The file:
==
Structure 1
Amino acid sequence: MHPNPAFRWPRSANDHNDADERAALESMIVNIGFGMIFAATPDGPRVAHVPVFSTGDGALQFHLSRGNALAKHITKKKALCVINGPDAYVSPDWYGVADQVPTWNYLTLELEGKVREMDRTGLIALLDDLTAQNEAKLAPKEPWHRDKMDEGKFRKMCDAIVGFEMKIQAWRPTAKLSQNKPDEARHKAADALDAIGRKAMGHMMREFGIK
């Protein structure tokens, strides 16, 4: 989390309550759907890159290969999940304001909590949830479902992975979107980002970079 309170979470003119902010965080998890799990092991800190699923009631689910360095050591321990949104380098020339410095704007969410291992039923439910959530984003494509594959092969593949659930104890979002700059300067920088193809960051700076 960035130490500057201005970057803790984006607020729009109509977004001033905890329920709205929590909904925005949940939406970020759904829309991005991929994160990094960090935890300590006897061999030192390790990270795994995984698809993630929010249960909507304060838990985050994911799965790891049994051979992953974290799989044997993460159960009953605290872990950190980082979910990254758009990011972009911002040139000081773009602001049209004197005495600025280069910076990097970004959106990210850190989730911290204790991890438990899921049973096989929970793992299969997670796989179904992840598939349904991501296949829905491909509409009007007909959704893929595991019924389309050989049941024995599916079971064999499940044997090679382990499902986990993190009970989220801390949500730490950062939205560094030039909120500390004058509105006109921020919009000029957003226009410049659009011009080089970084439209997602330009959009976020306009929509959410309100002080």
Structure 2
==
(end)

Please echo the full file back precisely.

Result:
Structure 1
Amino acid sequence: MHPNPAFRWPRSANDHNDADERAALESMIVNIGFGMIFAATPDGPRVAHVPVFSTGDGALQFHLSRGNALAKHITKKKALCVINGPDAYVSPDWYGVADQVPTWNYLTLELEGKVREMDRTGLIALLDDLTAQNEAKLAPKEPWHRDKMDEGKFRKMCDAIVGFEMKIQAWRPTAKLSQNKPDEARHKAADALDAIGRKAMGHMMREFGIK
């Protein structure tokens, strides 16, 4: 989390309550759907890159290969999940304001909590949830479902992975979107980002970079 309170979470003119902010965080998890799990092991800190699923009631689910360095050591321990949104380098020339410095704007969410291992039923439910959530984003494509594959092969593949659930104890979002700059300067920088193809960051700076 960035130490500057201005970057803790984006607020729009109509977004001033905890329920709205929590909904925005949940939406970020759904829309991005991929994160990094960090935890300590006897061999030192390790990270795994995984698809993630929010249960909507304060838990985050994911799965790891049994051979992953974290799989044997993460159960009953605290872990950190980082979910990254758009990011972009911002040139000081773009602001049209004197005495600025280069910076990097970004959106990210850190989730911290204790991890438990899921049973096989929970793992299969997670796989179904992840598939349904991501296949829905491909509409009007007909959704893929595991019924389309050989049941024995599916079971064999499940044997090679382990499902986990993190009970989220801390949500730490950062939205560094030039909120500390004058509105006109921020919009000029957003226009410049659009011009080089970084439209997602330009959009976020306009929509959410309100002080």
Structure 2